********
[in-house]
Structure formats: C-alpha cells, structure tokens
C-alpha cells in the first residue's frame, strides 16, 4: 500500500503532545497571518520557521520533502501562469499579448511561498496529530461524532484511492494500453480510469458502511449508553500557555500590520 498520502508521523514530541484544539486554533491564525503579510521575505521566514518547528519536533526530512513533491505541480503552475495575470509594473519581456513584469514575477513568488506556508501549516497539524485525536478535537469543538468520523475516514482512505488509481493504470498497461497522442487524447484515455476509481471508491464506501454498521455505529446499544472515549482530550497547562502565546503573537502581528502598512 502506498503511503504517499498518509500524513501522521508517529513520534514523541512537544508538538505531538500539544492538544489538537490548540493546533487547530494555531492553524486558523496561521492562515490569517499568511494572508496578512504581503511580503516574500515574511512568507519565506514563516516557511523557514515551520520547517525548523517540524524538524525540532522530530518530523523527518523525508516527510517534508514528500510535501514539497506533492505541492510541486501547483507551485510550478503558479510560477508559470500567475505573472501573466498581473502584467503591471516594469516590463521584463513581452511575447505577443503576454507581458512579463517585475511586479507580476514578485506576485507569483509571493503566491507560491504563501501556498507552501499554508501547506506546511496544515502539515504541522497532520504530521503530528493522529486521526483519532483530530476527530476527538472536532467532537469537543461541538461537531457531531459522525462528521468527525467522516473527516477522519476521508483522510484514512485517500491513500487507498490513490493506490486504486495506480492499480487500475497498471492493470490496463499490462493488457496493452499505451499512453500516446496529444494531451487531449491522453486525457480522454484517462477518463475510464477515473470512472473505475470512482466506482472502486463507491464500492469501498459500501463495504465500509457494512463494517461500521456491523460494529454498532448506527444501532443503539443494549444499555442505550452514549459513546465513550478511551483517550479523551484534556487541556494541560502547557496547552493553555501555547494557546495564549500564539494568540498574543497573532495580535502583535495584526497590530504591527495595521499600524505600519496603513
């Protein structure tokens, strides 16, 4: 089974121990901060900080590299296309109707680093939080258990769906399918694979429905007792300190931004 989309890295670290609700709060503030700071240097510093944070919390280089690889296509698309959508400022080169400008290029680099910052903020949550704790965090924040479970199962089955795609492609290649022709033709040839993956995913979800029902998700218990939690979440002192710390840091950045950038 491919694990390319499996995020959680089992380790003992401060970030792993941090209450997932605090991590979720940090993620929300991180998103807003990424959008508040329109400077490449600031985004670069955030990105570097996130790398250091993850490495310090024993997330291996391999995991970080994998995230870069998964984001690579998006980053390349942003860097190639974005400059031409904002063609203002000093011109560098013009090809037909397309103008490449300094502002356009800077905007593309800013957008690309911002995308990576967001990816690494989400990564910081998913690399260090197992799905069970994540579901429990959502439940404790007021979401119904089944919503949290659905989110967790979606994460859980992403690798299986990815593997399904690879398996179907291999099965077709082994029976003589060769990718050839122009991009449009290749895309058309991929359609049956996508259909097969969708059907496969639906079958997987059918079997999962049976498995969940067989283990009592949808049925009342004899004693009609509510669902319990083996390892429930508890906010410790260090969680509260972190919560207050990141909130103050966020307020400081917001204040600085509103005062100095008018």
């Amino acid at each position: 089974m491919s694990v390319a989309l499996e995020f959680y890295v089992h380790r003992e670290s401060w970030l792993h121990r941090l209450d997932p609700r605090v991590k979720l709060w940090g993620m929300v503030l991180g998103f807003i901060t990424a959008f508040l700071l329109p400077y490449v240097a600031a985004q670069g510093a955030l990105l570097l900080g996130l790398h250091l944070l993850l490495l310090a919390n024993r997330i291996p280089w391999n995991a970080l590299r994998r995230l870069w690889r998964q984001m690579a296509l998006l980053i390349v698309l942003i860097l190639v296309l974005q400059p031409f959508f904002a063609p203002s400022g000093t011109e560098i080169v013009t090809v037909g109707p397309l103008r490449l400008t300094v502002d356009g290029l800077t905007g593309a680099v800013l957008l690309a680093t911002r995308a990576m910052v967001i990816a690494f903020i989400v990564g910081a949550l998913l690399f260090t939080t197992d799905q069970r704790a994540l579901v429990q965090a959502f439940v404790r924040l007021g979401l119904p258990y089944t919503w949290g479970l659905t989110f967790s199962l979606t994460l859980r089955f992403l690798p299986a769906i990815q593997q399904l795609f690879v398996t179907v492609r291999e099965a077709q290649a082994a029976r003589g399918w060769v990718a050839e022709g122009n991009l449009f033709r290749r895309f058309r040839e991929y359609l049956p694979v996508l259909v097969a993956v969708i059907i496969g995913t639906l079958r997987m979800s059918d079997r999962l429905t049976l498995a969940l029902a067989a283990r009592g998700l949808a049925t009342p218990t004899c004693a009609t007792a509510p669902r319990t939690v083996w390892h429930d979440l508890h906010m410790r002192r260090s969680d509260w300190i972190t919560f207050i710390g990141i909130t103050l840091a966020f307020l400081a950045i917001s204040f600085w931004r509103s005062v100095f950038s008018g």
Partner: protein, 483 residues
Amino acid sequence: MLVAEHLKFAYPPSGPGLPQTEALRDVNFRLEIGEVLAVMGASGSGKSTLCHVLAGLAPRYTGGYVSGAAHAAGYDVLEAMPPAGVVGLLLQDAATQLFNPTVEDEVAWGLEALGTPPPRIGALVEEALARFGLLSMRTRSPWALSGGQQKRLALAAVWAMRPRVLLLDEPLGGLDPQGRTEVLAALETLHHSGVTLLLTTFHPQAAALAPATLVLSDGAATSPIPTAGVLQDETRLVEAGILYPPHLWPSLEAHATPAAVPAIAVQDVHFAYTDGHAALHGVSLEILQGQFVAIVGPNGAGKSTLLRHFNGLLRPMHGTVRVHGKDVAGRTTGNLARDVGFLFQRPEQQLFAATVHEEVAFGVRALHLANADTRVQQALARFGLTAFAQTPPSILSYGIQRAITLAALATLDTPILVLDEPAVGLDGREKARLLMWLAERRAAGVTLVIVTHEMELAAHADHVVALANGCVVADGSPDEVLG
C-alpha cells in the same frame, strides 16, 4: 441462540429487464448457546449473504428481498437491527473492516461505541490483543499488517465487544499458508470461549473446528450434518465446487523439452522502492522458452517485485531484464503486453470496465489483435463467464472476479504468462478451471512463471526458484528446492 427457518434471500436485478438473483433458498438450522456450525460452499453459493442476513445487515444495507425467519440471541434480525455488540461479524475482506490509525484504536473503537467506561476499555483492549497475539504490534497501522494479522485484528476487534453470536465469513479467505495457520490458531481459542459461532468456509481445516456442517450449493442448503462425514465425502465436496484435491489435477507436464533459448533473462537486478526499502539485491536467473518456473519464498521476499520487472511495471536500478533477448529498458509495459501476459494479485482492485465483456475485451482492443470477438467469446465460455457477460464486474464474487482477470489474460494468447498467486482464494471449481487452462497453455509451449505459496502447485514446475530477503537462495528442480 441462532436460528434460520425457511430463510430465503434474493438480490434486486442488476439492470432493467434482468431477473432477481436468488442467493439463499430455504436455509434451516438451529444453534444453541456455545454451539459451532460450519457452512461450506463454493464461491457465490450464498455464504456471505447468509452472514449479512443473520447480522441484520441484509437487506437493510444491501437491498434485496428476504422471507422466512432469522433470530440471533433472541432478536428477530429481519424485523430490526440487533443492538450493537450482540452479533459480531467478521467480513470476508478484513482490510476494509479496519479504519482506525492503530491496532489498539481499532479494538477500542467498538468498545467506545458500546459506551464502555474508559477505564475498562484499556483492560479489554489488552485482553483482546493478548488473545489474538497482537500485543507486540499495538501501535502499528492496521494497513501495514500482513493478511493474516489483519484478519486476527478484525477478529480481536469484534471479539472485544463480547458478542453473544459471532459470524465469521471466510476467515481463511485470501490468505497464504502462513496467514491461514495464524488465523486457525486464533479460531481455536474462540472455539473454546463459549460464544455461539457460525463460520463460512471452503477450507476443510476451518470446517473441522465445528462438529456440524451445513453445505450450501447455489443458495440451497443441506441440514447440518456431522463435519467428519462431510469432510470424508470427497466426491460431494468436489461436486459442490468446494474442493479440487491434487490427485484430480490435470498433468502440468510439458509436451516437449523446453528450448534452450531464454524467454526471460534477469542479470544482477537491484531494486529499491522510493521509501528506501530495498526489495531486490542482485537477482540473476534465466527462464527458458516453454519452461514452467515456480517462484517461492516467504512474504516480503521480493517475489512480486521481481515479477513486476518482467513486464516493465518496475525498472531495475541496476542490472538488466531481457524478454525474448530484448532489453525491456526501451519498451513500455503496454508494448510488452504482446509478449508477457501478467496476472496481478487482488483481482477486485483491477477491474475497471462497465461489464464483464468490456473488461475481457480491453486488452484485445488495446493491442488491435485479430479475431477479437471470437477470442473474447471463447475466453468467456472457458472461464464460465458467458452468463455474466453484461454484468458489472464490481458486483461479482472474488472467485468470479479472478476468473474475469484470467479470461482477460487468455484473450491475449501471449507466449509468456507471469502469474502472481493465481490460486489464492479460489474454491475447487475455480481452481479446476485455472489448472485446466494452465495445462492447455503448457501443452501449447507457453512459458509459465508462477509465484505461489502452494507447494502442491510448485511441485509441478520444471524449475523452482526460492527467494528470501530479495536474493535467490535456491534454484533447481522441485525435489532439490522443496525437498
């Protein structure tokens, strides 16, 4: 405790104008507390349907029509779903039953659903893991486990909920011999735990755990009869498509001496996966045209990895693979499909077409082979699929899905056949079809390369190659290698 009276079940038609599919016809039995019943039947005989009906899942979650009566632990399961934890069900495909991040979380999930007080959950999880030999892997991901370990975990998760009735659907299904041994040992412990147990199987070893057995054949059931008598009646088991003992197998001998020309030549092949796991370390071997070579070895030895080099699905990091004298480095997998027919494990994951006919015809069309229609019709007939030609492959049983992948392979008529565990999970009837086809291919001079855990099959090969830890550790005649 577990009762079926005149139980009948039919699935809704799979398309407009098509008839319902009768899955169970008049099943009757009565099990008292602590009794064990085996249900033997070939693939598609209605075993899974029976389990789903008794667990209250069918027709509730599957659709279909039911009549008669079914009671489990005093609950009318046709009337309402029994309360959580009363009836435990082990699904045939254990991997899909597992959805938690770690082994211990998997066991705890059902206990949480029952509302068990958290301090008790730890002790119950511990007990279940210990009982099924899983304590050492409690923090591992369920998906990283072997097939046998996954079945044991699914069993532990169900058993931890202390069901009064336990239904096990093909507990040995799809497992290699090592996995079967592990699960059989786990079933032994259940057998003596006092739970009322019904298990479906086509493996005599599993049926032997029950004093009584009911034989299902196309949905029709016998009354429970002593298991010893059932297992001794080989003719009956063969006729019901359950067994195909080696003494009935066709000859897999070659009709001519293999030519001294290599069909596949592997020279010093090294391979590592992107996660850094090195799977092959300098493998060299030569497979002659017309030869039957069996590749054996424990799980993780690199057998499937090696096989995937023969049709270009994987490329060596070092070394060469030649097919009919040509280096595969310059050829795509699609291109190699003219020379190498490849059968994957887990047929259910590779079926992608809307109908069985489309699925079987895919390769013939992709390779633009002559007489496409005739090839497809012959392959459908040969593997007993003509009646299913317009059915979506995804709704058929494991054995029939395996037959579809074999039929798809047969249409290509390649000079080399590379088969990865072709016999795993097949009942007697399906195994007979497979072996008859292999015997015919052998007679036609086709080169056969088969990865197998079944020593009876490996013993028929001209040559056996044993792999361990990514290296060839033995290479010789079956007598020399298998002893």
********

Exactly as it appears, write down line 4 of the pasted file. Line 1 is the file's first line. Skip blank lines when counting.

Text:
């Protein structure tokens, strides 16, 4: 089974121990901060900080590299296309109707680093939080258990769906399918694979429905007792300190931004 989309890295670290609700709060503030700071240097510093944070919390280089690889296509698309959508400022080169400008290029680099910052903020949550704790965090924040479970199962089955795609492609290649022709033709040839993956995913979800029902998700218990939690979440002192710390840091950045950038 491919694990390319499996995020959680089992380790003992401060970030792993941090209450997932605090991590979720940090993620929300991180998103807003990424959008508040329109400077490449600031985004670069955030990105570097996130790398250091993850490495310090024993997330291996391999995991970080994998995230870069998964984001690579998006980053390349942003860097190639974005400059031409904002063609203002000093011109560098013009090809037909397309103008490449300094502002356009800077905007593309800013957008690309911002995308990576967001990816690494989400990564910081998913690399260090197992799905069970994540579901429990959502439940404790007021979401119904089944919503949290659905989110967790979606994460859980992403690798299986990815593997399904690879398996179907291999099965077709082994029976003589060769990718050839122009991009449009290749895309058309991929359609049956996508259909097969969708059907496969639906079958997987059918079997999962049976498995969940067989283990009592949808049925009342004899004693009609509510669902319990083996390892429930508890906010410790260090969680509260972190919560207050990141909130103050966020307020400081917001204040600085509103005062100095008018």